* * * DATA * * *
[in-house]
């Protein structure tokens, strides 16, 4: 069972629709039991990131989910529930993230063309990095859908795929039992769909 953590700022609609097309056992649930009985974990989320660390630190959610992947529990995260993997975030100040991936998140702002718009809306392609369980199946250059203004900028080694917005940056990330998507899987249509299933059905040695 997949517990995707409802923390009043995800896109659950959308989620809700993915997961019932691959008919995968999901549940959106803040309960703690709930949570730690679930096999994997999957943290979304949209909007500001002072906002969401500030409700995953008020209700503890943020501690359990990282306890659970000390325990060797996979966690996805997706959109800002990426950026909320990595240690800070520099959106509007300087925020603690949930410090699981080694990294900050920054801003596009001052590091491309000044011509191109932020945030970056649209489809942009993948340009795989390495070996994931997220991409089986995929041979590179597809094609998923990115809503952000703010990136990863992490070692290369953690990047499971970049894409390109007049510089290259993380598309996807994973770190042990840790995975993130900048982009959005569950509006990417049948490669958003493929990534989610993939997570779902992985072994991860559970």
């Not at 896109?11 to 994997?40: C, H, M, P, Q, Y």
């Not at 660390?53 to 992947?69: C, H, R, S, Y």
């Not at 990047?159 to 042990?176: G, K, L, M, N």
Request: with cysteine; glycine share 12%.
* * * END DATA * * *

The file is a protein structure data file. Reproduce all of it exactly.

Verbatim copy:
[in-house]
């Protein structure tokens, strides 16, 4: 069972629709039991990131989910529930993230063309990095859908795929039992769909 953590700022609609097309056992649930009985974990989320660390630190959610992947529990995260993997975030100040991936998140702002718009809306392609369980199946250059203004900028080694917005940056990330998507899987249509299933059905040695 997949517990995707409802923390009043995800896109659950959308989620809700993915997961019932691959008919995968999901549940959106803040309960703690709930949570730690679930096999994997999957943290979304949209909007500001002072906002969401500030409700995953008020209700503890943020501690359990990282306890659970000390325990060797996979966690996805997706959109800002990426950026909320990595240690800070520099959106509007300087925020603690949930410090699981080694990294900050920054801003596009001052590091491309000044011509191109932020945030970056649209489809942009993948340009795989390495070996994931997220991409089986995929041979590179597809094609998923990115809503952000703010990136990863992490070692290369953690990047499971970049894409390109007049510089290259993380598309996807994973770190042990840790995975993130900048982009959005569950509006990417049948490669958003493929990534989610993939997570779902992985072994991860559970």
């Not at 896109?11 to 994997?40: C, H, M, P, Q, Y």
């Not at 660390?53 to 992947?69: C, H, R, S, Y």
């Not at 990047?159 to 042990?176: G, K, L, M, N």
Request: with cysteine; glycine share 12%.